Kilkenny storm back to overhaul old foes Tipperary
Colin Fennelly leads from the front as Brian Cody’s men survive a spectacular scorefest
Kilkenny’s Henry Shefflin battles with Shane McGrath of Tipperary during the league clash at Nowlan Park. Photo: Ryan Byrne/Inpho
Kilkenny 5-20 Tipperary 5-14
Just your regular dose of hurling between these counties – this one ending with a roar of approval from the Kilkenny supporters that threatened to blow the roof off the New Stand at Nowlan Park. It’s a few weeks since the roof was blown off the Old Stand – and a scoring storm to match that was suitably whipped up here.
Just when it seemed Tipperary might actually blow their opponents away, Kilkenny replied with a 16-point turnaround – Colin Fennelly’s three goals and five points, all from play, ultimately impossible to hold out against.
Something is definitely going on with the climate, too, when what’s served up in late winter is every bit as impressive as high summer. Brian Cody was his usual picture of calmness afterwards, saying hurling is like that now, and “it’s only a league match where at the end of the day everyone carries on hurling win, lose or draw”.
Still, when two teams score 10 goals and 34 points between them it has to be as much about the fear of losing as the aim of winning. Given the still very live rivalry between these teams (as shown here last July) this was a victory for Kilkenny’s minds as much as for their first league points.
“It was a thrilling game for the people who were watching it, at least,” conceded Cody.
“I suppose we did pick things up a fair bit in the second half, and the response was good all day. We switched a few things, and some days you try all sorts of things, and they won’t happen for you. Today, we got the result.”
Before a duly captivated attendance of 8,651, there was no letting up. With the strong wind in their backs for the first half, Tipperary literally stormed in front, and were 10 points up after half an hour – 4-9 to 1-8.
Two of those goals were brilliantly finished by Séamus Callanan, and even though he ended up with 3-6, Callanan too ultimately had to bow to Fennelly’s master class.
Henry Shefflin’s typically deftly finished goal – finding space where there wasn’t any – brought Kilkenny closer by half time; truth is Kilkenny were doing well to be just six points in arrears.
Tipperary manager Eamon O’Shea agreed, saying afterwards that the 16-point turnaround was partly explained by the “momentum going with the wind”, but that his team certainly played the way he wanted them too.
“I think we’re okay,” said O’Shea. “You’re not happy to get beaten. But I am happy that we are trying to play the game the way we want it. I thought we hurled well, showed good resolve. It showed there a few times when we came back, and they went ahead, and it was nip and tuck.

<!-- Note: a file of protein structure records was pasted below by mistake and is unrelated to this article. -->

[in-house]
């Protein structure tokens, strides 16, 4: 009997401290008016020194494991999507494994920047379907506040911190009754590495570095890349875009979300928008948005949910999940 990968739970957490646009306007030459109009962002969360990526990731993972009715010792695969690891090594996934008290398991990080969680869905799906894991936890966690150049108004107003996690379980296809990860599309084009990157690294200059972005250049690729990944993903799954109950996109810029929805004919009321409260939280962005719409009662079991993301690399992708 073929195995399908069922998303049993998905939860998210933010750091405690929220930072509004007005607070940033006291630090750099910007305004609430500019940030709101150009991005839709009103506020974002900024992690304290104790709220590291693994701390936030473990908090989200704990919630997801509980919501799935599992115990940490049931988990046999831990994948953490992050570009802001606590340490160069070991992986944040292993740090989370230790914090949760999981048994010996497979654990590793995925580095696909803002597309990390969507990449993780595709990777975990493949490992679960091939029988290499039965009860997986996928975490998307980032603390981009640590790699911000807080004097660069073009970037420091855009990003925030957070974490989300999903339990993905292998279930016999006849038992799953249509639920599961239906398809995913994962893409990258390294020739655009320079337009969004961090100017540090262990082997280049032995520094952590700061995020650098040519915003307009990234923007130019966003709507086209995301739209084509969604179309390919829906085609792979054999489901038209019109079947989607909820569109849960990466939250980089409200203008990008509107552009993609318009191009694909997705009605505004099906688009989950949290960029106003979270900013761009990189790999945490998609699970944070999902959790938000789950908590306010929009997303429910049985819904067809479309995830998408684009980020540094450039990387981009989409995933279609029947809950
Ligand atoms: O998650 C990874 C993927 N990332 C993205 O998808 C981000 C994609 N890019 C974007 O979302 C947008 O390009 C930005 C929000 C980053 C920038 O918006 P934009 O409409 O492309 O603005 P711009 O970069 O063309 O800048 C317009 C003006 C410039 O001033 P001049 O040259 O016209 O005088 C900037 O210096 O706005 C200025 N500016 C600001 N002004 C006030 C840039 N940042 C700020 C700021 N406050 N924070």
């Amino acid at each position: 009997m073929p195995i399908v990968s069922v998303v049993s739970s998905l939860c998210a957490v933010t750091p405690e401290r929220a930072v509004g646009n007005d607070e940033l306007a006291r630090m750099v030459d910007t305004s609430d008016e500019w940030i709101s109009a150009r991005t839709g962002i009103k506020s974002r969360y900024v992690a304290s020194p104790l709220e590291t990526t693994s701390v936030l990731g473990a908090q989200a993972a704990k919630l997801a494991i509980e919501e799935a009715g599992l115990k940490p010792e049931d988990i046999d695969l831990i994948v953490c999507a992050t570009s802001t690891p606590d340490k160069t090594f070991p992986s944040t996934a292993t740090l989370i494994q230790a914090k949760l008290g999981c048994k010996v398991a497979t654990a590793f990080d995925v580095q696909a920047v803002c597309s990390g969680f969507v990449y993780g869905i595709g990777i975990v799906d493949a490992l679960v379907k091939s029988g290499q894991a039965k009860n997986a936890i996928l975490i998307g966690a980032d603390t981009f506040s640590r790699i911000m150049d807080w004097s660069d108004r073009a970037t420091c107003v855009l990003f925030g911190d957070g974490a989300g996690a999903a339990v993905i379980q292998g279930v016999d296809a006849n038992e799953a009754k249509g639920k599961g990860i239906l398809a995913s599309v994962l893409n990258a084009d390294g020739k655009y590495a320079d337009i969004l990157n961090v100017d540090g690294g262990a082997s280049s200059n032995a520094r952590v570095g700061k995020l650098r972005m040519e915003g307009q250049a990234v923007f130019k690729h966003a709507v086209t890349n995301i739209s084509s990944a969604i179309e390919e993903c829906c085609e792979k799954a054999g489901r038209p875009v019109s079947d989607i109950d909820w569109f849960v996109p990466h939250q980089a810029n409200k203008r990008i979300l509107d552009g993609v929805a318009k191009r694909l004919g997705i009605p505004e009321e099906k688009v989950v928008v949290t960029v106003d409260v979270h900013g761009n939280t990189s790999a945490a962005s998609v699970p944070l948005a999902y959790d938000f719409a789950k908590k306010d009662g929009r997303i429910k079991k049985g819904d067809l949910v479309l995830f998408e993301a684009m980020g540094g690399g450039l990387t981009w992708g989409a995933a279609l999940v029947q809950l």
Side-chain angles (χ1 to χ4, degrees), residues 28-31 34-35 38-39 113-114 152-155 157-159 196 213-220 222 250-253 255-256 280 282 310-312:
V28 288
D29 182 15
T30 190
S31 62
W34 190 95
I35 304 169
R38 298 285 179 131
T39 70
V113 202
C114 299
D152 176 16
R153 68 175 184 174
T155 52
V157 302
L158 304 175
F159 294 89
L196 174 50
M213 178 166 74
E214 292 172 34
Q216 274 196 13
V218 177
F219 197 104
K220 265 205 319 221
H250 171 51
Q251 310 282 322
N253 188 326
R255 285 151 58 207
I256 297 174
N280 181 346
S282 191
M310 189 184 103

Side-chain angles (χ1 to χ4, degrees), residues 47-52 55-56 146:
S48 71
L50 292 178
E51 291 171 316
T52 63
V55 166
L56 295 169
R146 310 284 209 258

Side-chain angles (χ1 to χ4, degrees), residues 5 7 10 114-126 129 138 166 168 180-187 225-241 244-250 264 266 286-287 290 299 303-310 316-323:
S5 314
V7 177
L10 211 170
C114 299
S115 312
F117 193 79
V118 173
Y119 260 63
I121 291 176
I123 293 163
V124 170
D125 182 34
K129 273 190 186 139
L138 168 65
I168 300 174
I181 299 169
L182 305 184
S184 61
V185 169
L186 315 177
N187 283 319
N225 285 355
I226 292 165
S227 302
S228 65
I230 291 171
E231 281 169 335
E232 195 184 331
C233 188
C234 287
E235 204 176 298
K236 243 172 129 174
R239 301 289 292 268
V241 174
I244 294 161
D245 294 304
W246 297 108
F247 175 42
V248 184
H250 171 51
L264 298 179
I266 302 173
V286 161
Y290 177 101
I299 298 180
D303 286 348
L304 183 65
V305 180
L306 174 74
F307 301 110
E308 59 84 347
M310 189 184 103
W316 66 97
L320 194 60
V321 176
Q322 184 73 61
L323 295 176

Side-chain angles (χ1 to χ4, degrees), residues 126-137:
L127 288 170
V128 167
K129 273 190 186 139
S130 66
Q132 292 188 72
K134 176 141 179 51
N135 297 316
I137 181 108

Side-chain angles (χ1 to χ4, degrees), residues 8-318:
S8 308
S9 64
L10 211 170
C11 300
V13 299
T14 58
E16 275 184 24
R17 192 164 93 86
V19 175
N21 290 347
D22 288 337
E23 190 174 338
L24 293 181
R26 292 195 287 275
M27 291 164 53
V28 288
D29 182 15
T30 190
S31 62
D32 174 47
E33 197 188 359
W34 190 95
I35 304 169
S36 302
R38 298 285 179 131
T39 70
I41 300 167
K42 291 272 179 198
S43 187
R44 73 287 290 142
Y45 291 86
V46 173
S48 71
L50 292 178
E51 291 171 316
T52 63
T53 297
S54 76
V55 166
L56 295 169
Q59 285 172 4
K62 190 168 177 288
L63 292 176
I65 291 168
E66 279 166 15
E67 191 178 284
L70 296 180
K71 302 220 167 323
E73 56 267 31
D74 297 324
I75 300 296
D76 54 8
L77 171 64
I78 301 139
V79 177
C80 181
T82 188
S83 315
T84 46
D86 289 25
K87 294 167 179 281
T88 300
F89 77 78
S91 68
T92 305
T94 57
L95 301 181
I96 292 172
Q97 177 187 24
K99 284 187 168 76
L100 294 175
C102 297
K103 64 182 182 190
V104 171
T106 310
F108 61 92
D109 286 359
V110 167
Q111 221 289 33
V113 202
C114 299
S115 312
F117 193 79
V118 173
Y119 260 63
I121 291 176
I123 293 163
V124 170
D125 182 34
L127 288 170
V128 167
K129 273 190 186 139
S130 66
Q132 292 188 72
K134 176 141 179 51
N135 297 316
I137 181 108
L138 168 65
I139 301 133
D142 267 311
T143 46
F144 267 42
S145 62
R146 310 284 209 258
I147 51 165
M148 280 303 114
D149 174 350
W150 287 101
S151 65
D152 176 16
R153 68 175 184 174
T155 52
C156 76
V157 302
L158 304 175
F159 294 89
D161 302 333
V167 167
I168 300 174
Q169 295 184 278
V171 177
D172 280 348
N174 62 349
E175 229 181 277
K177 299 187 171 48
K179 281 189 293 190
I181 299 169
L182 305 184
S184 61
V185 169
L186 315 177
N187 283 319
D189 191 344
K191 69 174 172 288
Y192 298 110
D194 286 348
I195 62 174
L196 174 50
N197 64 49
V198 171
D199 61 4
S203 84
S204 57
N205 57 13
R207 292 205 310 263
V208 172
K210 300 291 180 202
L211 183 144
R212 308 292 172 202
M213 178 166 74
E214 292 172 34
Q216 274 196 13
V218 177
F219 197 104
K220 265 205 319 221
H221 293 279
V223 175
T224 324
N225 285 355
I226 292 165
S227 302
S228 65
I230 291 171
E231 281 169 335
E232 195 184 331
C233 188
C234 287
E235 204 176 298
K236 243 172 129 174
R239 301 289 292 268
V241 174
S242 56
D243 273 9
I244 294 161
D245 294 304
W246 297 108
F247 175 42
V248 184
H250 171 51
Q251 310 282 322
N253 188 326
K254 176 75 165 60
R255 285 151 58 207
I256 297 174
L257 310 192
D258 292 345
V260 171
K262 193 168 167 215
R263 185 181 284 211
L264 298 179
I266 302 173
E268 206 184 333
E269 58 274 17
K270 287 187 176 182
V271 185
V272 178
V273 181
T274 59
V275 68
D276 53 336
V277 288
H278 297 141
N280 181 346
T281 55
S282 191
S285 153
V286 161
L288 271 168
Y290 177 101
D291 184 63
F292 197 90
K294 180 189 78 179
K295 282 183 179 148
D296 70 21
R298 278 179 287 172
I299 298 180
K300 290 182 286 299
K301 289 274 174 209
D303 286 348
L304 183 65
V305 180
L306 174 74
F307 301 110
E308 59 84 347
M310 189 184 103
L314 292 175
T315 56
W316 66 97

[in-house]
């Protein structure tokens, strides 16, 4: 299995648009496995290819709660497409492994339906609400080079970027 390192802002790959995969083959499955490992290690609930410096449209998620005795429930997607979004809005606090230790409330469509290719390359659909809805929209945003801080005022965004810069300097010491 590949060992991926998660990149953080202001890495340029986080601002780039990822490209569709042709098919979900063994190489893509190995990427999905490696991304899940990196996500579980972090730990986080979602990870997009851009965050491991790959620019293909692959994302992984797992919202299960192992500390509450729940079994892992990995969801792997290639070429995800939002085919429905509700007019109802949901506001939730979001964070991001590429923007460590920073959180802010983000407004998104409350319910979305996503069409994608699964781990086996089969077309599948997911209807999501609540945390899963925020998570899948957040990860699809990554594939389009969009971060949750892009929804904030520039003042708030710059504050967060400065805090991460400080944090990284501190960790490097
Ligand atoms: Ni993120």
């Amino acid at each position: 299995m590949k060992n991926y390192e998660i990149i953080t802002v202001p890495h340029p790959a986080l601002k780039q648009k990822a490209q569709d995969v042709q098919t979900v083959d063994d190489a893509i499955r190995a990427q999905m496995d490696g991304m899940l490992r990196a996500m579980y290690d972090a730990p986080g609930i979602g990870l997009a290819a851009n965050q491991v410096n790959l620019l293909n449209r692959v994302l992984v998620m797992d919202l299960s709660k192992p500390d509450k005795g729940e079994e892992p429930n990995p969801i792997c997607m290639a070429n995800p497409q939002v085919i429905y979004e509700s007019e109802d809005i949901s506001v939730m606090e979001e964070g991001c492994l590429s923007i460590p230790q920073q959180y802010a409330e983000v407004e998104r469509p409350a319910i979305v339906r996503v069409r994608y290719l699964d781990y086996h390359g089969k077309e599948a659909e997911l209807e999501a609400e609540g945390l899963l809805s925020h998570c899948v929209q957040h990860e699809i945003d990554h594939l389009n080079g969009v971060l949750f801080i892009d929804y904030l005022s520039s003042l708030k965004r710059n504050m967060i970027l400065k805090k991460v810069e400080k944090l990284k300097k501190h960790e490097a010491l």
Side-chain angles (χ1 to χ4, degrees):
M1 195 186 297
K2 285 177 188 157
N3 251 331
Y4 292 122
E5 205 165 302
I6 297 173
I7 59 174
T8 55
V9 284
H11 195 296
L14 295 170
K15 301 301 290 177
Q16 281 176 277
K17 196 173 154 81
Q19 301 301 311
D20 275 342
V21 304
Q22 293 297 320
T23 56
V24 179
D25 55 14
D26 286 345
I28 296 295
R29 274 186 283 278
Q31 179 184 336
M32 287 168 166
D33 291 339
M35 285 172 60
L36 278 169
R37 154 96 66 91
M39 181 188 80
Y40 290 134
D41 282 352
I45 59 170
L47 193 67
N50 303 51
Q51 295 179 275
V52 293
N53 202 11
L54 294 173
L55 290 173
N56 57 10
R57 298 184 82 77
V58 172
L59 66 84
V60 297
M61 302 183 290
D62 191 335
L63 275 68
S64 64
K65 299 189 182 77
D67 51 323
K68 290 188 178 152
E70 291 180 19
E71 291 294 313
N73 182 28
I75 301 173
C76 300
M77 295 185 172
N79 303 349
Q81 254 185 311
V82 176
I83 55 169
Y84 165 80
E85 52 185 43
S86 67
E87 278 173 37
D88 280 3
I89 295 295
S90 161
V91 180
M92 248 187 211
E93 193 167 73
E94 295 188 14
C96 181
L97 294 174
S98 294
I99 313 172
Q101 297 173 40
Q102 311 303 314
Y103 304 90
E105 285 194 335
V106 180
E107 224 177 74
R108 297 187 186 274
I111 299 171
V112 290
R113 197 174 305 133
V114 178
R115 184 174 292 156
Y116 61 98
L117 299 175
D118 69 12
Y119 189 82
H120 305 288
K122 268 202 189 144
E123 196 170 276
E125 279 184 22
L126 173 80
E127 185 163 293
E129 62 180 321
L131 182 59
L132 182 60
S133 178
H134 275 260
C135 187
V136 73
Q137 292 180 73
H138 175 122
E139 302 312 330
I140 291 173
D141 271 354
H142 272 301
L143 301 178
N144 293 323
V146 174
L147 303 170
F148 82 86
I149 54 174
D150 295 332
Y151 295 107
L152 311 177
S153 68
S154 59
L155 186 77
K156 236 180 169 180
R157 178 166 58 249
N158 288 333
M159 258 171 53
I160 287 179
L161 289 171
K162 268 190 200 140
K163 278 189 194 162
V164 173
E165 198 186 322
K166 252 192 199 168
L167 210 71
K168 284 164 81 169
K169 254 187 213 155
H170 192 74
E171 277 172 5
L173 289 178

A few mistakes here and there, maybe, but I wouldn’t take anything away from their attacking play. I think our goals were cracking goals too.”
Some of the things Cody “switched” included replacing Tommy Walsh and Brian Hogan and Paul Murphy’s introduction certainly helped seal up their defence (which left enormous holes in the first half).
Richie Hogan also came off the bench to hit two points in the second half when Kilkenny needed them most.
That’s not saying there was an easy way back into it for Kilkenny. Walter Walsh also showed up for some big points, and Fennelly’s second goal, on 44 minutes, finishing off a thundering run from the middle of the field, had the Kilkenny supporters nicely warmed up, and the score at just 4-10 to 3-11 in Tipp’s favour, a mere two points between the sides.
Not long after that Callanan struck again, the confidence in his own game reflected in his bold ground strike that flew straight through the Kilkenny defence. Callanan soon added another free, too, and again, it seemed Tipperary looked primed to ride out this storm until the end.
No matter what happens for the rest of the season, the attitude Kilkenny showed here in working their way back into a winning position was a good as anything shown in the glorious past. Fennelly was still playing the leading role, and his third goal on 56 minutes – placed in the top left corner – brought the sides level for the first time since the throw-in.
Then, the advantage swing back and forth, as first Noel McGrath, then a Shefflin free, maintained the level of excitement at the perfect pitch.
What ultimately prevailed though was Fennelly’s ferocious attacking mentality. On 68 minutes, he again raced into a scoring position, and when Tipperary managed a half clearance, in came Mark Kelly for the killer finish. With that it was clear Tipperary were, finally, beaten.
Just to make sure, Fennelly fired over one of the insurance points, before retiring, just before the end, to the mandatory standing ovation.
“Three-five is a serious score, obviously,” noted Cody. “It’s seldom that happens for anybody. It was a great contribution. But it’s only two league games played. He’s been serious in both games. He has that ability, has that potential, and hopefully he can keep it going.”
All of Kilkenny will be hoping likewise.
KILKENNY: D Herity; W Phelan, K Joyce, B Kennedy; J Holden, B Hogan, T Walsh; L Ryan, P Walsh (0-1); W Walsh (0-5), C Fennelly (3-5), H Shefflin (1-5, 0-5 frees); J Farrell, M Kelly (1-1), TJ Reid (0-1). Subs: P Murphy for Kennedy (26 mins), R Hogan (0-2) for Hogan, C Buckley for T Walsh (both ht), E Larkin for Farrell (53 mins), J Brennan for Fennelly (70 mins).
TIPPERARY: D Gleeson; P Stapleton, T Stapleton, C Barrett; S McGrath, C O’Brien, M Cahill (0-2); Padraic Maher, J Woodlock (0-1); K Bergin, P Murphy (0-1), B Maher (0-1); N McGrath (1-3), S Callanan (3-6, 0-3 frees, 0-2 65s), J Forde (1-0). Subs: Patrick Maher for Forde (51 mins), J O’Dwyer for Bergin (60 mins), D Maher for S McGrath (64 mins), M Heffernan for Murphy (66 mins), R Maher for O’Brien (70 mins).
Referee: Diarmuid Kirwan (Cork).